I had no idea about the relationships I would build. I thought getting along with my co-workers might be challenging because even though we all attended classes in the same building, we were still from different schools. Yet my teammates treated me like family and showed that they cared. I’m used to working alone, so when I work in groups I usually let myself get pushed to the side. My teammates showed me I had the right to speak up because I was part of the team. They taught me how to be an active team player.
I didn’t think I would learn as much as I did in 10 short weeks. I learned about time management, financing, engineering, and human resources. I visited various places and non profits like the Forgotten Harvest, GM Design Center, and car dealerships.
Through the program, I was introduced to a new mentor, Deborah Eastern-Hall. She was one of the retirees who led our group, and she gave me advice on personal issues and advised me on college readiness, as well as my dream to become a journalist. She drove two hours each day to and from Toledo, Ohio to mentor us and she was always on time. I’ll always remember what she told me on our last day of work.
"You have great confidence. You will be an excellent journalist," Eastern-Hall says. "Please send me copies of your articles because I expect great things from you."
A lasting impact
Our projects visibly impacted a lot of people in the community. The fence we built protects the vegetables grown by and for the youth and seniors in the Osborn community. The Boys and Girls Club services more than 200 children and they will benefit from the interior improvements. Repairing the baseball in-field helps encourage school spirit within Osborn High School and future players can practice on a safe and clean field. Clearing the lawn adjacent to Ms. Brown’s yard will help provide safe passage for students, who walk to and from school along this route, in addition to benefiting Ms. Brown and her family.
Most importantly, however, I built a stronger relationship with my community through this program. There are plenty of community leaders like Ms. Brown but I’m glad I got to meet her and make an impact on her life. It brings me joy knowing that I can walk to and from school knowing I made her family and my community safer.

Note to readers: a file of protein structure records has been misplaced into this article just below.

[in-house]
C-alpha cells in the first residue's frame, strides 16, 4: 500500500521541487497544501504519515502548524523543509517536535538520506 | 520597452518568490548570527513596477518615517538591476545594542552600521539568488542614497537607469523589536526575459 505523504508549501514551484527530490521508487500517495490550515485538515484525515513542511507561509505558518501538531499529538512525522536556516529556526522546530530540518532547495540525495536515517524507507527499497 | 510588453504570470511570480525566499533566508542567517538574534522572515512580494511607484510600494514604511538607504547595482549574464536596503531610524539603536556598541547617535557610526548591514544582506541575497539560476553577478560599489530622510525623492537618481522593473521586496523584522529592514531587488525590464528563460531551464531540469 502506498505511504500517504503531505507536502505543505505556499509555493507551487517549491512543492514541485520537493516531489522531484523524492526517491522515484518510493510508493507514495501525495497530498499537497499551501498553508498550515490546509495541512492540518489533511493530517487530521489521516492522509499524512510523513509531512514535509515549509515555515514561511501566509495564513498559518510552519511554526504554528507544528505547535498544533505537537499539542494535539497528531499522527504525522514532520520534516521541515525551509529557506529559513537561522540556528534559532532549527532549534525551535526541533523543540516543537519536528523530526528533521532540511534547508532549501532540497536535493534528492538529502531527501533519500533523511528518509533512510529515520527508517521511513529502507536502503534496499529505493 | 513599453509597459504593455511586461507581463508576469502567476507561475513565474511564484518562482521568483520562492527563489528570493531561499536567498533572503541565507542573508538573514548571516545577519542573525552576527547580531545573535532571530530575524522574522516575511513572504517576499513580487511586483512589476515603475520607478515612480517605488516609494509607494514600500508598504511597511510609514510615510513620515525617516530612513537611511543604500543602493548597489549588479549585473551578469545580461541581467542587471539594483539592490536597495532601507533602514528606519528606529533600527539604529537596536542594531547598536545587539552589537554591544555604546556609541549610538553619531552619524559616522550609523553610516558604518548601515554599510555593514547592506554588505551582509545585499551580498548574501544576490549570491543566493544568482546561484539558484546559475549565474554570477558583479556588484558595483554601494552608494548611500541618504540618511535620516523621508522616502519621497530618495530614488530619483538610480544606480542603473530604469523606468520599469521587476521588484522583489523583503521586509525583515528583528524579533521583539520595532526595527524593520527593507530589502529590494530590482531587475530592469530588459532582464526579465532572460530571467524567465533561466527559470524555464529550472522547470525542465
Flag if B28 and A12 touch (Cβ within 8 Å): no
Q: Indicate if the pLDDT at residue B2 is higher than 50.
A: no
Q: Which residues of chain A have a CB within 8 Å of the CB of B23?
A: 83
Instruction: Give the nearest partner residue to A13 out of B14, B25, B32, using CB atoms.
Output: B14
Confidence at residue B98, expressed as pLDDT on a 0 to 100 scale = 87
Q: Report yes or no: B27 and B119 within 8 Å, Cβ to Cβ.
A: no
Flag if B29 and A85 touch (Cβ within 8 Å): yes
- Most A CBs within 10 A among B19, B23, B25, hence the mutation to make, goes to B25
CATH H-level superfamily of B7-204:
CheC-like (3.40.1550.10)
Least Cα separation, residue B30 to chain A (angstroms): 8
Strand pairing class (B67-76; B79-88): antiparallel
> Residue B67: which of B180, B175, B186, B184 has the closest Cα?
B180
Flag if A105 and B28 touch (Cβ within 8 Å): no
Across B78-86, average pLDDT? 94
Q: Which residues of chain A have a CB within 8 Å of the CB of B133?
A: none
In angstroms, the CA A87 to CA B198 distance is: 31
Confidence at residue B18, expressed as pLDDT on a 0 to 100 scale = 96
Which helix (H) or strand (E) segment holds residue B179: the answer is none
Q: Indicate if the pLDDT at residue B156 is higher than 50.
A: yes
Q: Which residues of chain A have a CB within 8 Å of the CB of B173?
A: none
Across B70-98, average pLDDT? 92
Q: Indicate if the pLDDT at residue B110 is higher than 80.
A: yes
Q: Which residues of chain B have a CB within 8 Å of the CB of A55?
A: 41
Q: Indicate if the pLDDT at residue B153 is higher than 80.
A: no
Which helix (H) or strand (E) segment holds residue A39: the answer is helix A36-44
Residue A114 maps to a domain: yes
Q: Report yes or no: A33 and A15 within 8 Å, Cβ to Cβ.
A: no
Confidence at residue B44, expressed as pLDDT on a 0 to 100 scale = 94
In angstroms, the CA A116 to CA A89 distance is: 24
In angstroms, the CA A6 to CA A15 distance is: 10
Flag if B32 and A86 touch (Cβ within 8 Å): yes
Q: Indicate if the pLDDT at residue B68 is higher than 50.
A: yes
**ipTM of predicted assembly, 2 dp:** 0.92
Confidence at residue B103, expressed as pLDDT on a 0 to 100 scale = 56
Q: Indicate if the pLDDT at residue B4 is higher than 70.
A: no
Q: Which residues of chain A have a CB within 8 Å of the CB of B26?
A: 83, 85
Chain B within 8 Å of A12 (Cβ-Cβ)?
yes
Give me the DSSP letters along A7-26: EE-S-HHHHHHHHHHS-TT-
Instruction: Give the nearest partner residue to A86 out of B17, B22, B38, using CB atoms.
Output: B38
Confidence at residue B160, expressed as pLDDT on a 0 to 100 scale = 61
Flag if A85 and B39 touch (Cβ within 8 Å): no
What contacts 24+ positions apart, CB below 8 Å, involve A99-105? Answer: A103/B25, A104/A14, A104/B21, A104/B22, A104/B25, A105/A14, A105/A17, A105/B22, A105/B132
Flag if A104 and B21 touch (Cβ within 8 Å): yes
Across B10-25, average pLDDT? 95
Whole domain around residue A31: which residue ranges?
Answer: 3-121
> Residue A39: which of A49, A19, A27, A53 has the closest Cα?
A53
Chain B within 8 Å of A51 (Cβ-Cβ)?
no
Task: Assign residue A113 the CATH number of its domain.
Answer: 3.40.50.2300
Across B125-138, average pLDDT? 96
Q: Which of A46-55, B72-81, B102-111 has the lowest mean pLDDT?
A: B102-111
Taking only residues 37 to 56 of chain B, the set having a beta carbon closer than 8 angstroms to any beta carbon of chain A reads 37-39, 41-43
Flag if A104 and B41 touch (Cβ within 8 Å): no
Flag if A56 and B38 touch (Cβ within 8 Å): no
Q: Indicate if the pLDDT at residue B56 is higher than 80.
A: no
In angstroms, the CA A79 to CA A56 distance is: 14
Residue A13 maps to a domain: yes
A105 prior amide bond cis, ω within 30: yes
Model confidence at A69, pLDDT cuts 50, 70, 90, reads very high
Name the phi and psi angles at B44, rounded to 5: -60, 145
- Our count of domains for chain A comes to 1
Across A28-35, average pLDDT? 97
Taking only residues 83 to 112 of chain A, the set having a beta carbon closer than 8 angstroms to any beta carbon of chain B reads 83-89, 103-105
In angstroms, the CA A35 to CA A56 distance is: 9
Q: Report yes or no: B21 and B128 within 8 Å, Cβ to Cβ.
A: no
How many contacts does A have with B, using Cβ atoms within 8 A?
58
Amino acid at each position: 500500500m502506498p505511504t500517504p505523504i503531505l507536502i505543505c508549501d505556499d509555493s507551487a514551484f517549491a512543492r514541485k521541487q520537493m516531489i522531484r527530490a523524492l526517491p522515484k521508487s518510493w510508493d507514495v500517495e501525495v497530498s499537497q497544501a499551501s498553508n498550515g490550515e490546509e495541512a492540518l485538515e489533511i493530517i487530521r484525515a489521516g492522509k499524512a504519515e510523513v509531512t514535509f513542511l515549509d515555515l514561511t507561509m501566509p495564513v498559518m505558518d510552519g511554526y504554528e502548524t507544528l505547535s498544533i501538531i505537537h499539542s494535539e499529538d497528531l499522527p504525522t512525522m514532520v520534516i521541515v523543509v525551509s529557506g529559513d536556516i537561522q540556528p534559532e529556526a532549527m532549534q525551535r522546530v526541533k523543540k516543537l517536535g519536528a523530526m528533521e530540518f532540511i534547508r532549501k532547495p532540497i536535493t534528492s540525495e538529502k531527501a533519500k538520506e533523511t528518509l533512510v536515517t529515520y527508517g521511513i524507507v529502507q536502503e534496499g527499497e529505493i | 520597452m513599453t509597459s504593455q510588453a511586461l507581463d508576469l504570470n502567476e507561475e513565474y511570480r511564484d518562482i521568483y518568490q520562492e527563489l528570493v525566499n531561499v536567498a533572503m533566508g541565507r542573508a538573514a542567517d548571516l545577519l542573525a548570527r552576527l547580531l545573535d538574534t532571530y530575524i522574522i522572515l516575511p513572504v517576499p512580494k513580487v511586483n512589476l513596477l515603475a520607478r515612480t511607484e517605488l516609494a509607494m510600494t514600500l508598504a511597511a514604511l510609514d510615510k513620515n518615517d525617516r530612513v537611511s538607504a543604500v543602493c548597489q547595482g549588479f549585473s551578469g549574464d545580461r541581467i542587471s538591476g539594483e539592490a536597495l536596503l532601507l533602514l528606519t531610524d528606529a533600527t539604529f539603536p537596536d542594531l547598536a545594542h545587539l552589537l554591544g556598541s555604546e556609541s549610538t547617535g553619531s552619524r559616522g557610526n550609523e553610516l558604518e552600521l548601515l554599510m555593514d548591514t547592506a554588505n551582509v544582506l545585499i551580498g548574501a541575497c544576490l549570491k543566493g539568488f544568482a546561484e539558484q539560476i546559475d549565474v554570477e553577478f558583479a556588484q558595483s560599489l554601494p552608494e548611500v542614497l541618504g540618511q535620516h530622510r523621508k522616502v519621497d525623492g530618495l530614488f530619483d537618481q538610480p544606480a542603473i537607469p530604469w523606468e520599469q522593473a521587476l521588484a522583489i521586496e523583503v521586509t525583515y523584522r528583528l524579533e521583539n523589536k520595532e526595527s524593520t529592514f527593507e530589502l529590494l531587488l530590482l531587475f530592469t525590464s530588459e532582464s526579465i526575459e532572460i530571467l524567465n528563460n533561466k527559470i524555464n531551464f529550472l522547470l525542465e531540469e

During the summer, we documented our adventure with the goal of presenting our work to the president of General Motors, Mark Reuss. We decided to nominate people to speak. Four nominees practiced in front of our teammates and I was selected to present our story to the president.
At first I was nervous, but when I finally went up there to present I was comfortable. I thought all the executives and the president would be grading me, but when I stood at that podium I could see through their smiles that they just wanted to hear our story. Speaking about the experience felt natural. I felt like I was being heard.
"I must say you did an outstanding job with the presentation. There are a lot of people in executive positions who don't do as well as you. Keep up the good work, stay focused and you will go far," says Lewis Cole, GM retiree.
Refelecting on the whole experience, I'm happy to say that I learned new skills, I made an impact in my community, and I gained new family members.
Thank you, General Motors for giving me this opportunity to make changes not only in the Osborn community, but in Detroit.
Lettie-Ann Miller is a senior at Osborn Academy of Mathematics, Science, and Technology.